A Kentucky federal judge has rejected Unilever U.S. Inc.’s motion to dismiss a class action lawsuit accusing the company of falsely advertising that its Suave Professionals Keratin Infusion 30 Day Smoothing Kit products are safe, even though they allegedly caused hair to fall out.
Due to a lack of explicitly relevant Kentucky state case law, Judge Joseph H. McKinley relied heavily on a similar decision in district court in Illinois, especially regarding the women’s claims that the company breached express warranties. The women both alleged that they chose the product because it would only last 30 days and would result in smoother hair. Instead one woman suffered breakage and the other reportedly developed scalp burns after using the product.
Plaintiffs Terri Naiser and Jonnie Phillips allege in the Suave Keratin class action lawsuit, filed last year, that they purchased the kit because it was advertised as a keratin-based smoothing treatment instead of a chemical relaxer and its effects were supposed to last up to 30 days. The plaintiffs also claim they purchased the product because the label said that it did not contain formaldehyde and that the treatment was safe. Naiser and Phillips allege that all of these claims are untrue, and that the product contains an ingredient or combination of ingredients that cause hair to fall out.
While Unilever recalled the Suave Keratin Smoothing Kit in May 2012, the company allegedly failed to warn consumers about the side effects associated with it. In their class action lawsuit, the plaintiffs argued that Unilever breached express and implied warranties and violated consumer protection laws by issuing a late and incomplete recall of the hazardous product.
Unilever sought to dismiss the Suave Professional Keratin class action lawsuit in its entirety, arguing that the plaintiffs failed to identify an “affirmation of fact or promise” by the company that was untrue. Unilever also claimed that the plaintiffs did not adequately argue that they relied on the advertisements when making the choice to purchase the product. Further, the company argued, there was no privity of contract under Kentucky law because the plaintiffs purchased the products from a retailer and not directly from the company itself. For these reasons, Unilever argued, the plaintiffs did not have standing to file the class action lawsuit.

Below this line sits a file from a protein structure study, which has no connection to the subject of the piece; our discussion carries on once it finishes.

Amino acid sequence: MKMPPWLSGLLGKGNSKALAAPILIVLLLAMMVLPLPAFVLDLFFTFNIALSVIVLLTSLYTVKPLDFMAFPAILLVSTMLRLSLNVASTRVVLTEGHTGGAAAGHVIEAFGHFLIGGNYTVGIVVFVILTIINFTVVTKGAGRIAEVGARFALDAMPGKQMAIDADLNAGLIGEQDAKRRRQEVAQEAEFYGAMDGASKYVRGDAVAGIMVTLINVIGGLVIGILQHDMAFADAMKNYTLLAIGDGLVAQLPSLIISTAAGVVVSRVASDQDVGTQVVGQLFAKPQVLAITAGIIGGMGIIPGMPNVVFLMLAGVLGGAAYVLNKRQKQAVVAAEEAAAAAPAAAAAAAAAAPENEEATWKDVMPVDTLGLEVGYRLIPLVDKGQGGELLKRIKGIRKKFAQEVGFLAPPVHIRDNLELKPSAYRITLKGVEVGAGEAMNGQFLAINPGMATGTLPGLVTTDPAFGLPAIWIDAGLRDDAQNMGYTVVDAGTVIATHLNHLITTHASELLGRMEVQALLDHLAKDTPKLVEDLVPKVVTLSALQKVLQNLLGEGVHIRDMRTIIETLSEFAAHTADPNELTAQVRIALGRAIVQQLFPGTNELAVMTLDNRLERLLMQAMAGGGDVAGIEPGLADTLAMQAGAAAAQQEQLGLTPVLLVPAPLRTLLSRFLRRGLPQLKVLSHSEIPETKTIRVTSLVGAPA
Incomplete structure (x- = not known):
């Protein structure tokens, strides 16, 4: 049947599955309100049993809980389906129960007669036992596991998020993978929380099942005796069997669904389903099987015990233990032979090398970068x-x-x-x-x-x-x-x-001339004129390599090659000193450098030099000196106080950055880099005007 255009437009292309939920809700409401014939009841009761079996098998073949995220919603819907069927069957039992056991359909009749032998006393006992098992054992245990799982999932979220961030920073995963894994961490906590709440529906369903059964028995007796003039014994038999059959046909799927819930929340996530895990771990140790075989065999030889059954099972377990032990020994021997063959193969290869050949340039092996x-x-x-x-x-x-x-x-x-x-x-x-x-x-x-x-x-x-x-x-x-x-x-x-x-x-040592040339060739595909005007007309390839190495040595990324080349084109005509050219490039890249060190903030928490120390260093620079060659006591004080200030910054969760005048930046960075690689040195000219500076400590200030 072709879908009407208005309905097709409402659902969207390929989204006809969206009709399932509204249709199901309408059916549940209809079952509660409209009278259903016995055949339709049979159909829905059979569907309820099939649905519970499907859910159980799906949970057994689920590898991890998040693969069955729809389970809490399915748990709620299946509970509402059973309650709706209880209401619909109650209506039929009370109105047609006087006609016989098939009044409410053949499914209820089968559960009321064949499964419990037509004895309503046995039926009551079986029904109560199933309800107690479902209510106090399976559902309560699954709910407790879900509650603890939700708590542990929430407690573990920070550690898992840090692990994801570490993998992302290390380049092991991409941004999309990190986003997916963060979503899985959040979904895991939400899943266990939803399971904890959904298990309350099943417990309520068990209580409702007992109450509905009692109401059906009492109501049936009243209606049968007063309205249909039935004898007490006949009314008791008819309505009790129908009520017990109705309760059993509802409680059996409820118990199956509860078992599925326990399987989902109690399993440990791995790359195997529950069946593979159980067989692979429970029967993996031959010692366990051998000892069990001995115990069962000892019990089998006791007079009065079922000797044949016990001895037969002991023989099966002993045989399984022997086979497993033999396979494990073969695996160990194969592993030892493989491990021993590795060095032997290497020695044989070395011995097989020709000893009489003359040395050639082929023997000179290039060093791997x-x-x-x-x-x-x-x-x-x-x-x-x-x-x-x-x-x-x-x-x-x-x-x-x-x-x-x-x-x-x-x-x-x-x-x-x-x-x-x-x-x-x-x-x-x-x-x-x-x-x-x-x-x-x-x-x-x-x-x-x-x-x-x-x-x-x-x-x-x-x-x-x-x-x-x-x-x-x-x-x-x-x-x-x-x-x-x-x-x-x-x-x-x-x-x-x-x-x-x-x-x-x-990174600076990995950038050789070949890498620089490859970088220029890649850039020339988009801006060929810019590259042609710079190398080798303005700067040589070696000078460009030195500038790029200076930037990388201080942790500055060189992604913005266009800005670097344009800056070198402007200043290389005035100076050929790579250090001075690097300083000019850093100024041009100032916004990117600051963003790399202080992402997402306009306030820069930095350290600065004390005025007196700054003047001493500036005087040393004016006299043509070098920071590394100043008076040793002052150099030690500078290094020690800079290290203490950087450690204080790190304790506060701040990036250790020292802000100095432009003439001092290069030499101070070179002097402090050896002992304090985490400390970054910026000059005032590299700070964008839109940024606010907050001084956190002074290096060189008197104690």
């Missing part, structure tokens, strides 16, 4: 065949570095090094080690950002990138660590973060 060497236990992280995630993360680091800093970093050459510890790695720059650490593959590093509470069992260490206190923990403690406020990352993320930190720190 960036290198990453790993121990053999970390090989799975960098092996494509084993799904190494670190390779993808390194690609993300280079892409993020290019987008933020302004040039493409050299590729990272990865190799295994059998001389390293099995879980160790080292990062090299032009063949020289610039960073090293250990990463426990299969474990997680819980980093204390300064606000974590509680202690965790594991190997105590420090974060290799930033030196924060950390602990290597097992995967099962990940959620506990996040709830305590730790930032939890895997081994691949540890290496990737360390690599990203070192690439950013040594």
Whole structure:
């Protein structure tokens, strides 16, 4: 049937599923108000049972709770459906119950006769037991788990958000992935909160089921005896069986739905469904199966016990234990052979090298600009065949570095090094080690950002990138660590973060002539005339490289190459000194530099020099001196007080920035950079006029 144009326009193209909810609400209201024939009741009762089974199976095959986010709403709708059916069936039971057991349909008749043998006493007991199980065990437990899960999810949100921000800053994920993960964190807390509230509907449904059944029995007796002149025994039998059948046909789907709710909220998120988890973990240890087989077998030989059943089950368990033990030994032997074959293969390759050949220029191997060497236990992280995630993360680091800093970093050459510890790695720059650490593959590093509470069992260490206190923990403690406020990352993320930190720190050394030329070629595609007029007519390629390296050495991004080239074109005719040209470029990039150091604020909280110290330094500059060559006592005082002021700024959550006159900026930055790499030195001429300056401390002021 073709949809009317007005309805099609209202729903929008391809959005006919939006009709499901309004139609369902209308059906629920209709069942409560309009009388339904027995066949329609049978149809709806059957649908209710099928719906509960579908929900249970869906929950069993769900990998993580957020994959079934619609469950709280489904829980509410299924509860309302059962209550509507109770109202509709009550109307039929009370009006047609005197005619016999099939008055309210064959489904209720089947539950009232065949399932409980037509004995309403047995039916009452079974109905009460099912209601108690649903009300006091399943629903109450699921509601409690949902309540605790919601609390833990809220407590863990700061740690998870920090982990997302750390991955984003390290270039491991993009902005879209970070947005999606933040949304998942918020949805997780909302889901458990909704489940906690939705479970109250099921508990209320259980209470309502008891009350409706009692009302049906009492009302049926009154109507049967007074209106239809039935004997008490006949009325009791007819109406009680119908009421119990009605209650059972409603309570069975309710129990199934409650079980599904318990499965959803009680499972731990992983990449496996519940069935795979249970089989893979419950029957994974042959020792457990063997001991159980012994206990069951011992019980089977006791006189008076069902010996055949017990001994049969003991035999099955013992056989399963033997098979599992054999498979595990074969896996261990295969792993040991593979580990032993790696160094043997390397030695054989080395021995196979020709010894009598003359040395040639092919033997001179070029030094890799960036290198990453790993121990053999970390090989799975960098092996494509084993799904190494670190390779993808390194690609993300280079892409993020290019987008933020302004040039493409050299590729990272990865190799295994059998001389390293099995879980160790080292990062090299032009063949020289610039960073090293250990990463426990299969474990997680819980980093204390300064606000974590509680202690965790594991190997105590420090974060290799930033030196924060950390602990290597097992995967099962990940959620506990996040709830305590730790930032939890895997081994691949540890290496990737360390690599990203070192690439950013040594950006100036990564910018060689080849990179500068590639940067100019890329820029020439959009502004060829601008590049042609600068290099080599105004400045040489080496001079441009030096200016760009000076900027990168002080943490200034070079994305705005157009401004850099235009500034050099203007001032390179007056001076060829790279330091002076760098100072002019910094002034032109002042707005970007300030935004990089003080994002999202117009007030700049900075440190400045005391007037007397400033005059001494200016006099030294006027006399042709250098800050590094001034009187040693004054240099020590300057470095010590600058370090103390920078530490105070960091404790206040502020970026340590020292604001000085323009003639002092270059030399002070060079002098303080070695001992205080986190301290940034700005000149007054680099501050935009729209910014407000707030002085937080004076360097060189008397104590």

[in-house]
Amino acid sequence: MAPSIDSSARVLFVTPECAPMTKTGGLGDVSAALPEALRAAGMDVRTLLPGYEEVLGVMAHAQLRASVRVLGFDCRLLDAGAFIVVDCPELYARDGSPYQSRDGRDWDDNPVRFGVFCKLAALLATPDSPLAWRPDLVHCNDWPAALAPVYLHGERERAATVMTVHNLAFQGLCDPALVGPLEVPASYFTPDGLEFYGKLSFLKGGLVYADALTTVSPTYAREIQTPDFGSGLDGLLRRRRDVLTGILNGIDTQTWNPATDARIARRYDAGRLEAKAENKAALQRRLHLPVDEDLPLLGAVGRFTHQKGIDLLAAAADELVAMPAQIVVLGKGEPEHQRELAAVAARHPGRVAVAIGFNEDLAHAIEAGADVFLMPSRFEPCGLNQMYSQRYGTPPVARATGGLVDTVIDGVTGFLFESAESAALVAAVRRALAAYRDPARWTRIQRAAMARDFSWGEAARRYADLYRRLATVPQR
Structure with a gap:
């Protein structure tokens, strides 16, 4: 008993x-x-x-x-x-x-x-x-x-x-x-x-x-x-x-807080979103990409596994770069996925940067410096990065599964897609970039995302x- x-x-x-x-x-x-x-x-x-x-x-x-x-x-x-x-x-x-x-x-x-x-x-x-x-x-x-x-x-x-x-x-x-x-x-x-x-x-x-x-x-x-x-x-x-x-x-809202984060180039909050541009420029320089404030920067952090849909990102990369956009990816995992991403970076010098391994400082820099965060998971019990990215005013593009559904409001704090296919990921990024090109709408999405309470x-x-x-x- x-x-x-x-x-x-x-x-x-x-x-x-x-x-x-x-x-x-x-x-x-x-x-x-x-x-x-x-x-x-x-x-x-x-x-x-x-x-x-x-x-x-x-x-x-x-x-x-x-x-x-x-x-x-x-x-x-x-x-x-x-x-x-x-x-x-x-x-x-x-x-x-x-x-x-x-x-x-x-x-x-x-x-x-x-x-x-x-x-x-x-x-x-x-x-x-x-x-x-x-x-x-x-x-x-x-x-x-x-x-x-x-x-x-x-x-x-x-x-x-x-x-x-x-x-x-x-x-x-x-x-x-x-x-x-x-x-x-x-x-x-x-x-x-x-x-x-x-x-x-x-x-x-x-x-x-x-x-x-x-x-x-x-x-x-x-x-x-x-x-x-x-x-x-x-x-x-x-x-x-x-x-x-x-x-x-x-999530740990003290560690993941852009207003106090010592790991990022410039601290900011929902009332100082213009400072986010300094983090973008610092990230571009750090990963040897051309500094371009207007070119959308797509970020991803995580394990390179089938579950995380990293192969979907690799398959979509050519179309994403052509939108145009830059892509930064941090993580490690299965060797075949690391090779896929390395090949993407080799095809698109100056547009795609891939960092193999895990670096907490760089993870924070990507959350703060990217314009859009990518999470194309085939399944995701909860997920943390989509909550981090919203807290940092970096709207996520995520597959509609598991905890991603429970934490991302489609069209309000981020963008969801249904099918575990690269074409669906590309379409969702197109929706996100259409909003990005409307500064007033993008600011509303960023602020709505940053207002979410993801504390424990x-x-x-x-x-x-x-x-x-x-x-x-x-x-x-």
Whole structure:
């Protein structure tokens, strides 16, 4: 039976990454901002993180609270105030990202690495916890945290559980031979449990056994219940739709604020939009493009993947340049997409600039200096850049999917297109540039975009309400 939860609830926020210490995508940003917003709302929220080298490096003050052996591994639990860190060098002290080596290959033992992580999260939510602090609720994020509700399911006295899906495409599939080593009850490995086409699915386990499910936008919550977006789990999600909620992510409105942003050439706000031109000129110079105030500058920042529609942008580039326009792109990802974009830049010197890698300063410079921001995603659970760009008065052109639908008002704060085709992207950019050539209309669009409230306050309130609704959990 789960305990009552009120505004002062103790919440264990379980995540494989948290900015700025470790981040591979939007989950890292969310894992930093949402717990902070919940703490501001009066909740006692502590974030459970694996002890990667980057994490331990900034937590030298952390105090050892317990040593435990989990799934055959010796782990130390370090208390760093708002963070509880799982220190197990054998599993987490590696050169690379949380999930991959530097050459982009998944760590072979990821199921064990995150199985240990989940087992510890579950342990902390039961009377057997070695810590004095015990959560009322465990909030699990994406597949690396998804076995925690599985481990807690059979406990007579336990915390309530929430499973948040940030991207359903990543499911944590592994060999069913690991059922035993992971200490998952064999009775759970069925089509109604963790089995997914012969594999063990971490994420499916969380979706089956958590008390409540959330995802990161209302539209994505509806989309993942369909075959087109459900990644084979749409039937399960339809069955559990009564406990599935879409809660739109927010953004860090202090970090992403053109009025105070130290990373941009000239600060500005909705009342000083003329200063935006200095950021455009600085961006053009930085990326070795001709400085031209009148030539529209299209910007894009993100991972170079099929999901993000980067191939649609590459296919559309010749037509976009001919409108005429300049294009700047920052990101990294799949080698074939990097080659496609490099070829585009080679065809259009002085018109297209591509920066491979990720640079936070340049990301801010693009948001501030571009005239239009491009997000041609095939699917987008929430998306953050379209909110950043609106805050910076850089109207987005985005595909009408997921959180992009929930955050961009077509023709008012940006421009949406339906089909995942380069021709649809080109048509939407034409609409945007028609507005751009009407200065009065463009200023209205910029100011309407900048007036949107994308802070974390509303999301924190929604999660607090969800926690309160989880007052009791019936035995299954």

U.S. District Judge Joseph H. McKinley Jr. rejected Unilever’s motion to dismiss the class action lawsuit, finding that the plaintiffs adequately pled their case. He found that the plaintiffs sufficiently argued that the Suave Keratin Smoothing Kit was advertised as a “smoothing” product and not a “chemical relaxer,” a representation that could be considered an “affirmation of fact or promise” that could survive a motion to dismiss. He rejected Unilever’s argument that the representation was “mere puffery,” finding instead that it could be interpreted as a factual statement by a reasonable consumer.
Judge McKinley also found that the plaintiffs sufficiently argued that they relied on Unilever’s representation, believing they were purchasing a short-term hair smoothing product instead of a harsh chemical relaxer when they chose to buy the Suave Keratin Smoothing Kit. He also found that the class action lawsuit could proceed under the Kentucky Consumer Protection Act because the plaintiffs adequately argued that Unilever engaged in false, misleading or deceptive practices.
The plaintiffs are represented by Richard A. Getty and Danielle Brown of the Getty Law Group PLLC; Peter Safirstein, Elizabeth S. Metcalf and Christopher S. Polaszek of Morgan & Morgan PC; and Jana Eisinger of Law Office of Jana Eisinger PLLC.
The Suave Professionals Keratin Infusion 30 Day Smoothing Kit Class Action Lawsuit is Terri Naiser, et al. v. Unilever United States Inc., et al., Case No. 3:13-cv-00395, in the U.S. District Court for the Western District of Kentucky.
–Additional reporting by John Curran
UPDATE: Unilever agreed to a $10 million class action settlement resolving claims that Suave Professionals Keratin Infusion 30 Day Smoothing Kit was falsely advertised and damaged hair.
UPDATE 2: On July 5, 2016, Top Class Actions readers who filed for Benefit Option A started receiving checks worth as much as $50!
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